Plastic-reduction has been at the forefront of collective sustainability efforts for some time. From plastic drinking straws to sanitary products, alternative, recyclable materials are widely being encouraged in place of single-use plastics. But, whilst straws may seem an obvious source of plastic waste, there are several other, more unexpected places that plastics can pop up.

As an agency, we are dedicated to making our business practices carbon friendly. Our mantra is ‘a passion for creativity, a mind for innovation and a heart for the environment’. We believe that as creatives we have a moral duty to design responsibly, whether it is the selection of materials, the body of work we undertake and the messages and behavioural changes that our work can achieve.

So, in recognition of Plastic Free July – a worldwide movement that encourages people to become part of the solution to plastic pollution – we have pulled together a list of some of the most surprising plastics offenders.  We have also tried to provide some solutions as to how you can reduce your single-use plastic waste:


Tea bags

Did you know, tea bags contain micro plastics? They are often found in the sealant used to secure the bags. As approximately 96% of tea-drinkers use teabags, that is a lot of micro plastics being used on a daily basis!

Many of the leading UK tea brands are in the process of switching, or have recently switched, to using plant-based plastics like polylactic acid (PLA) instead of oil-based plastics in their sealants. PLA is a newer type of plastic that can be composted by local councils and authorities, making in significantly better for the environment than its predecessor (provided your tea bags go into the correct waste bins!)

You can cut down on microplastic usage by opting for loose leaf tea with a strainer, instead of using teabags. Alternatively, research brands of tea bags to see if they are plastic free. The Independent pulled together a handy guide to the best plastic-free teabag companies around.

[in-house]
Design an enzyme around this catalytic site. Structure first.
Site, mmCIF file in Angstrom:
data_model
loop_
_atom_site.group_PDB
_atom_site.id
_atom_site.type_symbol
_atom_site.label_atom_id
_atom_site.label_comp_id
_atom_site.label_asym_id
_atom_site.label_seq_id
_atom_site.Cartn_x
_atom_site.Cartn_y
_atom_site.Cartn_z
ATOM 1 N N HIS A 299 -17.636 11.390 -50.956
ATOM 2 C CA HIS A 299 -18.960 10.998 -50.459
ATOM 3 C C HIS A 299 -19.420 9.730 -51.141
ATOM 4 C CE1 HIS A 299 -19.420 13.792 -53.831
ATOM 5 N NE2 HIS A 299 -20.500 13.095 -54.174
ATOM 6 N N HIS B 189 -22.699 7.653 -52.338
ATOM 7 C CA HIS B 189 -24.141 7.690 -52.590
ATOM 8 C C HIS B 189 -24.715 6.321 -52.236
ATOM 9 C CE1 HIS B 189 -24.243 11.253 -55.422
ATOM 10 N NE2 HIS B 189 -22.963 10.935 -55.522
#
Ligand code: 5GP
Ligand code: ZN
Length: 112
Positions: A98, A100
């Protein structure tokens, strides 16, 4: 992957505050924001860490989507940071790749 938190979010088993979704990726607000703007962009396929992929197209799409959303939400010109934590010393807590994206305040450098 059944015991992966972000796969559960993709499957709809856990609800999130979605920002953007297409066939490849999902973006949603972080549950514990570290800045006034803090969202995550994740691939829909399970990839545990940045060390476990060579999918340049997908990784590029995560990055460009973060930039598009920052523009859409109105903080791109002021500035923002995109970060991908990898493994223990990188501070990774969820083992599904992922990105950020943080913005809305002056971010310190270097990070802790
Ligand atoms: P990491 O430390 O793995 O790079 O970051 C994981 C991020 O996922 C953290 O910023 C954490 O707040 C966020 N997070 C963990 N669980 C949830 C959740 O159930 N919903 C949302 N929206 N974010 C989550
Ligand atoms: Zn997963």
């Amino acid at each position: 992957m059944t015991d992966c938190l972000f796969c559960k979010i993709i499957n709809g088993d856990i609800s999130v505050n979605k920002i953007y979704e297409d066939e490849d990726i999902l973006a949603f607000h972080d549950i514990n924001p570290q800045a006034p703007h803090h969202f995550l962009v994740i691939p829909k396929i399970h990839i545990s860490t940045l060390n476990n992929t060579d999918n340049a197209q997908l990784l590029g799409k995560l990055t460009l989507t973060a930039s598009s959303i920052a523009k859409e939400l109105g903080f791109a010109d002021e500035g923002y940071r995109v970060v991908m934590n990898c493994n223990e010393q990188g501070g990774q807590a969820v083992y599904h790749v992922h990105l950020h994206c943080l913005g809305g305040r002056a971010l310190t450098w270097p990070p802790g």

Coffee Pods

Similar to teabags, coffee pods are something which need to be mindfully disposed of. For many of us, coffee pods and capsules have revolutionised our mornings. Whilst leading pod-producing companies often offer recyclable pods, not every pod brand is recyclable. Similarly, not every consumer is consciously recycling them, and many single-use pods end up in landfills.

Be sure to check the brands you are buying your pods from and that you are disposing of them as required. Alternatively, treat yourself to some beans and a cafetiere, and always remember your reusable coffee cup.

Chewing Gum

According to a survey carried out by Iceland, 85% of people asked didn’t realise there was plastic in chewing gum. Most gum that is available in stores have ‘gum base’ ingredients that are a combination of plastics and different chemicals. This includes polyethene – which can be found most commonly in plastic bags and bottles.

The plastic found in gum can have a negative impact on the environment; according to a report from The Metro, the stains left by gum thrown on to our streets contain microplastics. Those microplastics can then end up in drains that filter into the ocean.

Britons are the second biggest consumers of gum in the world, chewing an estimated 130 sticks per person each year. Chewing gum (made from plastic itself) can be swapped for plastic free alternatives such as Glee or Chewsy.


Cigarettes are well known pollutants for our bodies, but the fact that they contain plastic is something often overlooked. Cigarette butts are one of the most common types of plastic garbage; filters are made from cellulose acetate, a plastic that can take as long as 10 years to decompose. It estimated that of the 6,5 trillion cigarettes are produced each year, over 90% of them contain plastic filters. This is more than one million tons of plastic. In addition, cigarettes are not always put into the bin and often end up on the ground or washed into our waterways, thus polluting the soil and water.

We worked with Keep Britain Tidy on a behavioural change campaign called #BinTheButt, challenging UK smokers to rethink how they dispose of their cigarettes. We developed across multiple channels including, print, outdoor, motion graphics for social media and a thirty second video ad to help educate people on the dangers cigarettes pose to marine life.


Most receipts you get from shops are printed using a thermal paper coated in polycarbonate, a substance created using ‘BPA’. Polycarbonate is used as it adds strength and durability to the paper which is necessary for customers needing to return items or keep their accounts.

Unfortunately, in recent years, BPA has been identified as quite the nasty chemical that is harmful to our health and not easily degradable. A lot of stores now offer customers the option to have their receipt emailed to them which is a good option for many consumers. Similarly, online outlets like ASOS use QR codes to track and return items to limit plastic and paper usage.

The most obvious solution though is to decline receipts where possible; it is another piece of plastic that has no other place to go except landfill.